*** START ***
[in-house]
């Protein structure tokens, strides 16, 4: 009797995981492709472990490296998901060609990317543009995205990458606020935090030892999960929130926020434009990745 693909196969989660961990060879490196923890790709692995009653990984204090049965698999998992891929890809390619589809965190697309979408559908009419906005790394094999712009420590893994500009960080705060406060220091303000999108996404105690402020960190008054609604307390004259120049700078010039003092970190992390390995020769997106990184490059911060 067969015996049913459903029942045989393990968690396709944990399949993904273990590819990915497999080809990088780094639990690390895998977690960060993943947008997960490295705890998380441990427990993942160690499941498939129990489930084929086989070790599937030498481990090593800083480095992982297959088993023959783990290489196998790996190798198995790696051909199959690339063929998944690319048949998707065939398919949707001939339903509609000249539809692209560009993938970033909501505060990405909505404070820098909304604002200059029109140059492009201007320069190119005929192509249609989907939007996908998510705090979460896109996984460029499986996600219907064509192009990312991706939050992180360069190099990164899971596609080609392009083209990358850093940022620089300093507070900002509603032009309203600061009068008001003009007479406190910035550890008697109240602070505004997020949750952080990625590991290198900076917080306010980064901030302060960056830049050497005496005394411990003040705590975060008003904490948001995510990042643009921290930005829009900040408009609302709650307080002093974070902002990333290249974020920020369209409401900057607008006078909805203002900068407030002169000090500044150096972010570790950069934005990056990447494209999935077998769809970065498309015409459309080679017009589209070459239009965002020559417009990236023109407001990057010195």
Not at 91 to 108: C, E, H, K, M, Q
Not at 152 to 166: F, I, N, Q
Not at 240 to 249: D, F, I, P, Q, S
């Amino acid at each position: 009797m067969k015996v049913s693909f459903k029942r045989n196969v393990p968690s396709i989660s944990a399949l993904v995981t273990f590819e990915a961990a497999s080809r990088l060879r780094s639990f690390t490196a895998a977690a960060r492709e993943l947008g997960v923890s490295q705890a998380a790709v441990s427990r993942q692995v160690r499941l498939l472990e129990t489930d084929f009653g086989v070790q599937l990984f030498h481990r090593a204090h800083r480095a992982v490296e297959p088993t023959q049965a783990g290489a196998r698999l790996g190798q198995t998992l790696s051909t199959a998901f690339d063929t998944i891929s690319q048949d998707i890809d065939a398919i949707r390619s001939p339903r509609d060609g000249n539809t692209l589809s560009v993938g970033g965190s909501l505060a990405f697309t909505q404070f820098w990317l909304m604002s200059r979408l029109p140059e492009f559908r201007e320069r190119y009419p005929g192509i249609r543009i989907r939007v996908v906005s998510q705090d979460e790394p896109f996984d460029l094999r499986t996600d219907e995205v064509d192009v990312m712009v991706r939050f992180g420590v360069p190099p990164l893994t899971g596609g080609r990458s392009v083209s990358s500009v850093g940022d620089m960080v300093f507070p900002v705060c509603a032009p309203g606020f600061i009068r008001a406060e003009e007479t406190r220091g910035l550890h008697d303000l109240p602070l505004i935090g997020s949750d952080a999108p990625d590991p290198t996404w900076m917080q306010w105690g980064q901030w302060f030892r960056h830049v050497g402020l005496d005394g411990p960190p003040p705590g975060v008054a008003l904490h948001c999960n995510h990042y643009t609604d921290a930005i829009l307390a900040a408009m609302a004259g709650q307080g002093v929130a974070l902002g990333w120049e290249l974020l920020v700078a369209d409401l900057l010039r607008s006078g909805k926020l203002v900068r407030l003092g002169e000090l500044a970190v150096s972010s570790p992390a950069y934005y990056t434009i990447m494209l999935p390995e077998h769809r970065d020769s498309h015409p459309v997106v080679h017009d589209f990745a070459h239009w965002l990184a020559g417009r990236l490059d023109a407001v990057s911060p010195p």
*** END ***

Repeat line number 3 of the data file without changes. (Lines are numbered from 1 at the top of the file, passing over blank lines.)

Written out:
Not at 91 to 108: C, E, H, K, M, Q